"The women of Bikini Kill let guitarist Billy Karren be in their feminist punk band, but only if he's willing to just "do some shit." Being a feminist dude is like that. We may ask you to "do some shit" for the band, but you don't get to be Kathleen Hannah."--@heatherurehere


Tuesday, June 20, 2006

Sex: "What Men Want"

Happily, the feminist blogs have been doing the rounds talking about sex. I say 'happily' because it seems to me that the intersections of sex and sexism are many and varied; also because I just tend to think that people don't talk about sex enough, relegating it to some sort of back burner while 'more important' issues are dealt with...as if a great majority of people don't have sex drives in a similar way that they have drives to eat, sleep, have companionship and the like.

And let's just put it out there: Resisting patriarchy makes sex complicated, especially for those of us who are trying to be conscious of it and to undermine it to whatever degree. Among the complexities are things like considering when sexual desire is and isn't simple objectification, being concerned about sexual role-playing around power while embedded in a sexist society, and dealing with the myriad ways in which patriarchy seemingly dictates what we ought to want sexually.

For those of us men striving to be feminist allies, the individual sexual relationships we have are informed by our feminism, and by resisting patriarchy. But there are all sorts of ways that this can play out. (Note: It's likely that patriarchy affects gay and bi men just as much as straight men--even these designations, to the extent that they are seen as rigid, are probably patriarchy-enforced; still, I've mostly got experience sexually as a straight man, so I'll be addressing some of this more from that perspective than others may like.) One thing that I've been focused on recently is the notion that part of feminism is anti-essentialism, and part of anti-essentialism is making sure that one tries to avoid thinking of women as 'an undifferentiated mass' (thanks to zuzu for this phrase, which I found really drove the point home for me). That is, talk about 'what women want' is sexist talk from the get-go. If we're going to make generalizations, they need to be backed up in some real way, and they need to be acknowledged as generalizations explicitly. But in general(!), it might be better to just avoid making generalizations about what women want, because 'women' are a group of varied individuals, and acting as if they aren't is one of the roots of patriarchy.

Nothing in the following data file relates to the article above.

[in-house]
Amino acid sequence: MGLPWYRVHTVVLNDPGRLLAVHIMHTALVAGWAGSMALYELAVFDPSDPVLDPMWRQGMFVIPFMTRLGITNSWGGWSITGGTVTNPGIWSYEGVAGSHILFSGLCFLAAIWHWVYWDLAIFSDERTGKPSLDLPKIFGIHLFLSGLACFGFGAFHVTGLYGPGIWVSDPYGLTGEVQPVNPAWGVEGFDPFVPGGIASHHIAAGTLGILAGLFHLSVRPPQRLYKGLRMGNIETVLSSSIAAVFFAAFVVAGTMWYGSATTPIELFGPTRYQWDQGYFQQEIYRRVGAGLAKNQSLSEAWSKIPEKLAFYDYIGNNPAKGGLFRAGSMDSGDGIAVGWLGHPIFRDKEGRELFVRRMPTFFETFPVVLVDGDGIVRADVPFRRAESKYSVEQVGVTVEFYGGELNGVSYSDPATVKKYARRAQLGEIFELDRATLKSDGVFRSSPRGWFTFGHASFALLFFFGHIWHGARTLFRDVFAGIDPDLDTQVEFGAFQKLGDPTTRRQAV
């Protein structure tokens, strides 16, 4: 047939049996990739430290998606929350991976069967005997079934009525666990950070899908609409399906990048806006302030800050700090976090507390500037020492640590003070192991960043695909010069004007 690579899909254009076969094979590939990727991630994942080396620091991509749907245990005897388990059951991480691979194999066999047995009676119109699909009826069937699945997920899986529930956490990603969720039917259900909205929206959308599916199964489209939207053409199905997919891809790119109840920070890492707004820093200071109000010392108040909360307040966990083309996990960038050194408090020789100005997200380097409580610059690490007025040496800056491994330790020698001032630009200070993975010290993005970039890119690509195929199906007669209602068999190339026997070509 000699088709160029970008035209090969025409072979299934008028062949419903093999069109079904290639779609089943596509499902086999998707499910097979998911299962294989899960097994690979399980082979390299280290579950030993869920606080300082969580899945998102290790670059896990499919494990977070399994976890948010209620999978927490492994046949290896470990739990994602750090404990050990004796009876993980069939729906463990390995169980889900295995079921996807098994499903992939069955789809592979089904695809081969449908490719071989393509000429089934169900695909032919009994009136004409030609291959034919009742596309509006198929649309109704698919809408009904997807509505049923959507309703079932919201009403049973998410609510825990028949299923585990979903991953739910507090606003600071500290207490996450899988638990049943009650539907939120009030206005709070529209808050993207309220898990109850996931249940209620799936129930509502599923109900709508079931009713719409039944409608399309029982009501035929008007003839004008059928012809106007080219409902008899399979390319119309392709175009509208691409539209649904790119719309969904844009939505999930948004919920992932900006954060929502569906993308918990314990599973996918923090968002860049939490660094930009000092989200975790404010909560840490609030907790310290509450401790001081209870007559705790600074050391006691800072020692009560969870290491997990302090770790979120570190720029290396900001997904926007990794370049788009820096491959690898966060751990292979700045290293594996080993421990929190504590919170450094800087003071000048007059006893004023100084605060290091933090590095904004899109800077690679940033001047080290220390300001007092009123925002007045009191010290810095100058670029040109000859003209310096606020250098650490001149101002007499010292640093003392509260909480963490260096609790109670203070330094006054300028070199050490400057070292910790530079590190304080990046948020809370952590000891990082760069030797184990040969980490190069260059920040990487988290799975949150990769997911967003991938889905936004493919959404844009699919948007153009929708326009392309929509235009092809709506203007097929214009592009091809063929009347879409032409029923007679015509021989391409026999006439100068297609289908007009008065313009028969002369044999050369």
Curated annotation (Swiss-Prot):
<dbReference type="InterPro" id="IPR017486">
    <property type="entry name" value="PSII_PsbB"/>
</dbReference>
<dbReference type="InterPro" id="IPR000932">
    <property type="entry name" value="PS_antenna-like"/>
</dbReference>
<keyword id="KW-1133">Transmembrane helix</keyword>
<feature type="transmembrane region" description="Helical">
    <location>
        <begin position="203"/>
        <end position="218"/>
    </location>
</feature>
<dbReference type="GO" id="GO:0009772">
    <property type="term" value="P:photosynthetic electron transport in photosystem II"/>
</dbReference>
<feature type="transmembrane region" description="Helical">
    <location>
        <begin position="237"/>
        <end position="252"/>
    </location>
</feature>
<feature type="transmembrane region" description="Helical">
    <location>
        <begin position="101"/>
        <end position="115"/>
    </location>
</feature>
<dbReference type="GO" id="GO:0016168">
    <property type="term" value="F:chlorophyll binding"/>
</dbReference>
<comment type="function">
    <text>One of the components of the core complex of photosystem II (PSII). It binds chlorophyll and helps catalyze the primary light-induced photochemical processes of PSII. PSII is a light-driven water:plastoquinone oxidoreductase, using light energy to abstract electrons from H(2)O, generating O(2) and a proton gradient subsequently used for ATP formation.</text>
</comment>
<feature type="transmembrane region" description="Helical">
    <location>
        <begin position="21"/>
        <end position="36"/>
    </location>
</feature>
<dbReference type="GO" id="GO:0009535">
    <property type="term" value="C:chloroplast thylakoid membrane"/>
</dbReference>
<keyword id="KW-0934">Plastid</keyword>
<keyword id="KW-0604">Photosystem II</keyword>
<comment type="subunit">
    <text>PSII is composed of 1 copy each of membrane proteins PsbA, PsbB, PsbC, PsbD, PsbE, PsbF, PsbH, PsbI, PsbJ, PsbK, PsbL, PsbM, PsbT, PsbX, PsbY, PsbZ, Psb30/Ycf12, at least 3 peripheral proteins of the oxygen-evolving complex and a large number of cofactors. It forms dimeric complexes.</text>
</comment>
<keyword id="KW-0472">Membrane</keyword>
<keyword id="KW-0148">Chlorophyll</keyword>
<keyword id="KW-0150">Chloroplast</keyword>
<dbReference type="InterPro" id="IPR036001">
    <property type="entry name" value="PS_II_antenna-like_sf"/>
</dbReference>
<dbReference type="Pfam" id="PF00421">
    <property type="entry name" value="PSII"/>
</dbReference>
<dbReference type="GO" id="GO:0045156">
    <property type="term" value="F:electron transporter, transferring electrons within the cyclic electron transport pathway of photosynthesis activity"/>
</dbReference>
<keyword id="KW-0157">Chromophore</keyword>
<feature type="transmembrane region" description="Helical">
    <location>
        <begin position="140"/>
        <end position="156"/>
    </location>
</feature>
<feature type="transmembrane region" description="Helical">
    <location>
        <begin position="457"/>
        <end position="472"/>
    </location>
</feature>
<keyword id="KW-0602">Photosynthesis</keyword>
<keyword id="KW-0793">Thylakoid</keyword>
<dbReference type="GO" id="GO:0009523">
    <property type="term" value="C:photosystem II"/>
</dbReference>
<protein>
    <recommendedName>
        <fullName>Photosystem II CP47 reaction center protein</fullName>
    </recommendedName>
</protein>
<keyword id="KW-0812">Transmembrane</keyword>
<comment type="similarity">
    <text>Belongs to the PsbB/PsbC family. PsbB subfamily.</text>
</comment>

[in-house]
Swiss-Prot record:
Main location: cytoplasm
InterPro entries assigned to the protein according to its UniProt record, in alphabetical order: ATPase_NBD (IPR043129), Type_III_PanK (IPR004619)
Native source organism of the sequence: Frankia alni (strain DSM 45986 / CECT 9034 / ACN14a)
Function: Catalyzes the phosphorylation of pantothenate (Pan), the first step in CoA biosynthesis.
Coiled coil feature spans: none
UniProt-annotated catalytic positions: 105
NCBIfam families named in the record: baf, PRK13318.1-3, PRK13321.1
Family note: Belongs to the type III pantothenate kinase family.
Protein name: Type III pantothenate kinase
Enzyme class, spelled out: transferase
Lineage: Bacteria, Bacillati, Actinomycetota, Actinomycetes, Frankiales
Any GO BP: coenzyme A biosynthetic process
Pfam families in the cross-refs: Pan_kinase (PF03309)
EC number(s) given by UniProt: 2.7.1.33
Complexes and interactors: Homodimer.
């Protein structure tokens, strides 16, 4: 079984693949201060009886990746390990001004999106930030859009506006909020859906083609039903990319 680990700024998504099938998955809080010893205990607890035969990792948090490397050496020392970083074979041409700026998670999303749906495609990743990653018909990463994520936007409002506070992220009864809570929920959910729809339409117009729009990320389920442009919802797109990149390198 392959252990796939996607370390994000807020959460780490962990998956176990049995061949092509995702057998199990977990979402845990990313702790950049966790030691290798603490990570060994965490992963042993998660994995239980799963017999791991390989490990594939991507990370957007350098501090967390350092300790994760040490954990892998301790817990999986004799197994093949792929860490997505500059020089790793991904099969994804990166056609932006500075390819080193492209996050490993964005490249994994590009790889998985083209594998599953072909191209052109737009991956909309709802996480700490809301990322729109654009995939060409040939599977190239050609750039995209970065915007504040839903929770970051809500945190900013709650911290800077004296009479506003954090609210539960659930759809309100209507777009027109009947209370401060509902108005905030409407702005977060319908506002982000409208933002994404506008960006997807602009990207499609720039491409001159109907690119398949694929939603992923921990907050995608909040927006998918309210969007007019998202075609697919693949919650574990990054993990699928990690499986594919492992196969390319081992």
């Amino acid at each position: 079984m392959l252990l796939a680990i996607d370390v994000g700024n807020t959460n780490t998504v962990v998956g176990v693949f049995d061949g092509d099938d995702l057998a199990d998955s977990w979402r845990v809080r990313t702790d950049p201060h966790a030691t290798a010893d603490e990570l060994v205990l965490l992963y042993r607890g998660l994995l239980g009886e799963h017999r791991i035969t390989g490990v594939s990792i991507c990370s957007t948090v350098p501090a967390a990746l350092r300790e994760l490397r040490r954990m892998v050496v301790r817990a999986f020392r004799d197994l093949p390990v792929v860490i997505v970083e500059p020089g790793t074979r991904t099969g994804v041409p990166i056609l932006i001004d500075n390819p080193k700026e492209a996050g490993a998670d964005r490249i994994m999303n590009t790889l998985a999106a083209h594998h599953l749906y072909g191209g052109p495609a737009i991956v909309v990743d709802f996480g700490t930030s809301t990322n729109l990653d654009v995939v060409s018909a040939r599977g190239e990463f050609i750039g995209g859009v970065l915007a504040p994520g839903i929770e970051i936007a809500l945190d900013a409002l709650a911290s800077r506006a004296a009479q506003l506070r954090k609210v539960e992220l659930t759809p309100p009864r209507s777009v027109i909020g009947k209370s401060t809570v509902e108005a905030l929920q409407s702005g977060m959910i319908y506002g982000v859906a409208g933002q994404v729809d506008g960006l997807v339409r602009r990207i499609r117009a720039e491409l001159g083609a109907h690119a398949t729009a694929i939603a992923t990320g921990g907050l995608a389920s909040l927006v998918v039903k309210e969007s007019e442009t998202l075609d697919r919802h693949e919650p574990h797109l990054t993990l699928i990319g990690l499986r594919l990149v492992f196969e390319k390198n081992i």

One reason I'm glad to see people talking about sex is that one almost immediately has to ditch a lot of the generalizations, because 'exceptions' seem to be the order of the day. But I also see (I think) a tendency for it to be more ok to talk about 'what men want' sexually than it is to talk about 'what women want' sexually--as if men were more like an undifferentiated mass than women; as if their sexuality and combinations of sexual desires are relatively simple. For instance: "Straight men prefer PIV (penis in vagina) sex." Zuzu notes: